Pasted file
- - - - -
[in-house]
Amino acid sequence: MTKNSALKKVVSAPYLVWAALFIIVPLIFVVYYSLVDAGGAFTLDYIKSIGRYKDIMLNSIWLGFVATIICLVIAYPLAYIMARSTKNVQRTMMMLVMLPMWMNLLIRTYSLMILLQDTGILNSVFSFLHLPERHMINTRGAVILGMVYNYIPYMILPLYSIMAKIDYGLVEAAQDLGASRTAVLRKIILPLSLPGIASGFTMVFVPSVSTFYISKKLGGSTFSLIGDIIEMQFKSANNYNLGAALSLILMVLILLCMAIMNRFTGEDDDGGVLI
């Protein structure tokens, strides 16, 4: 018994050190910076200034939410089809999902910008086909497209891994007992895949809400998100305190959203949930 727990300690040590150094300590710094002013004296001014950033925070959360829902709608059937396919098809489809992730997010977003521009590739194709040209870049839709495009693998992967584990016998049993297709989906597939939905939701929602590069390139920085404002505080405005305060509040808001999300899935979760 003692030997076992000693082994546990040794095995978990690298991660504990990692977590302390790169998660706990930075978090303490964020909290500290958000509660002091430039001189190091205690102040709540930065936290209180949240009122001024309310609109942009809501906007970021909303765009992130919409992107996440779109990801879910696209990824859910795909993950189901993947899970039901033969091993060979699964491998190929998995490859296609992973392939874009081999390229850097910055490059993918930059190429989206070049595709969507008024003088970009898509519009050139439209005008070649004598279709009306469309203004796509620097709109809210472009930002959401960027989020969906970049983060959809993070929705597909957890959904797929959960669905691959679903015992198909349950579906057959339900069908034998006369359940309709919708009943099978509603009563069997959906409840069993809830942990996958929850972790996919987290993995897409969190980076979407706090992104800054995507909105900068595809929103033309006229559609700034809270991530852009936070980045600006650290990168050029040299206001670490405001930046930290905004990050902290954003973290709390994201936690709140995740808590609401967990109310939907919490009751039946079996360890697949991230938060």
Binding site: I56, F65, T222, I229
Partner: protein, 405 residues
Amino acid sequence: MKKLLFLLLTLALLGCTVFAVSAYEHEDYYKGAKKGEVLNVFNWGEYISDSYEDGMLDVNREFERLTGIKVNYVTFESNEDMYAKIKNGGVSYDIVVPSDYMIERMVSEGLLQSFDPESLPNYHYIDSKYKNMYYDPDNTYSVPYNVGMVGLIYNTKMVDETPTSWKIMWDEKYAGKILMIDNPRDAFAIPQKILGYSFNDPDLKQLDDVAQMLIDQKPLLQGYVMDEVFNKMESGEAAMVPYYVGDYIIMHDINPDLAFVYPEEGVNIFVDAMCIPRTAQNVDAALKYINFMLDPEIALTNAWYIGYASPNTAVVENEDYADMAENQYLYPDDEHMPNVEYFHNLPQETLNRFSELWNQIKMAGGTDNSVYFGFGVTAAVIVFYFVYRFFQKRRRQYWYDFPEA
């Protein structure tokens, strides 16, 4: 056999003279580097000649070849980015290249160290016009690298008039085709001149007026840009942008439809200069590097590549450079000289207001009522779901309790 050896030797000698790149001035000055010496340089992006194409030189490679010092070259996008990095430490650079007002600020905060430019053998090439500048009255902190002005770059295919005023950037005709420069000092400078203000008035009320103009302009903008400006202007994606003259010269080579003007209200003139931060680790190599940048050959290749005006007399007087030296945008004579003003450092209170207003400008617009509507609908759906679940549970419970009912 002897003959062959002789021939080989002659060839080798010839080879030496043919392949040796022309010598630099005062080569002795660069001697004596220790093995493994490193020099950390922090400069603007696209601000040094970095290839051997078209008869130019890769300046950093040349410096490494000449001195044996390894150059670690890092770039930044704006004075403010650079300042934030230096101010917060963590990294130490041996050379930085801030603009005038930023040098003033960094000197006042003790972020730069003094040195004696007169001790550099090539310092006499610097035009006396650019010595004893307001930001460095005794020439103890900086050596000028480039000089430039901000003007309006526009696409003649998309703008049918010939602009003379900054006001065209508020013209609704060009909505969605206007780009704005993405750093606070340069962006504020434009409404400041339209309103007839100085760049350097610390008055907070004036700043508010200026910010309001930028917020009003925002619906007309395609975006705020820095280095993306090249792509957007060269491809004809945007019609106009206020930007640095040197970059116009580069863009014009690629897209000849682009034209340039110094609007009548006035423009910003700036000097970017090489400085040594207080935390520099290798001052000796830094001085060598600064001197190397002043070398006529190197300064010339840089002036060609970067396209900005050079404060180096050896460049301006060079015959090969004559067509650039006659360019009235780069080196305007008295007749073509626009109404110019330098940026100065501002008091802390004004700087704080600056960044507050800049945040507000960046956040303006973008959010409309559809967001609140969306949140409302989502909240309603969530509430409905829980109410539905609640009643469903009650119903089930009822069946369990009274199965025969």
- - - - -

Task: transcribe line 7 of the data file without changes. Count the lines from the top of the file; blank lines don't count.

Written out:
């Protein structure tokens, strides 16, 4: 056999003279580097000649070849980015290249160290016009690298008039085709001149007026840009942008439809200069590097590549450079000289207001009522779901309790 050896030797000698790149001035000055010496340089992006194409030189490679010092070259996008990095430490650079007002600020905060430019053998090439500048009255902190002005770059295919005023950037005709420069000092400078203000008035009320103009302009903008400006202007994606003259010269080579003007209200003139931060680790190599940048050959290749005006007399007087030296945008004579003003450092209170207003400008617009509507609908759906679940549970419970009912 002897003959062959002789021939080989002659060839080798010839080879030496043919392949040796022309010598630099005062080569002795660069001697004596220790093995493994490193020099950390922090400069603007696209601000040094970095290839051997078209008869130019890769300046950093040349410096490494000449001195044996390894150059670690890092770039930044704006004075403010650079300042934030230096101010917060963590990294130490041996050379930085801030603009005038930023040098003033960094000197006042003790972020730069003094040195004696007169001790550099090539310092006499610097035009006396650019010595004893307001930001460095005794020439103890900086050596000028480039000089430039901000003007309006526009696409003649998309703008049918010939602009003379900054006001065209508020013209609704060009909505969605206007780009704005993405750093606070340069962006504020434009409404400041339209309103007839100085760049350097610390008055907070004036700043508010200026910010309001930028917020009003925002619906007309395609975006705020820095280095993306090249792509957007060269491809004809945007019609106009206020930007640095040197970059116009580069863009014009690629897209000849682009034209340039110094609007009548006035423009910003700036000097970017090489400085040594207080935390520099290798001052000796830094001085060598600064001197190397002043070398006529190197300064010339840089002036060609970067396209900005050079404060180096050896460049301006060079015959090969004559067509650039006659360019009235780069080196305007008295007749073509626009109404110019330098940026100065501002008091802390004004700087704080600056960044507050800049945040507000960046956040303006973008959010409309559809967001609140969306949140409302989502909240309603969530509430409905829980109410539905609640009643469903009650119903089930009822069946369990009274199965025969």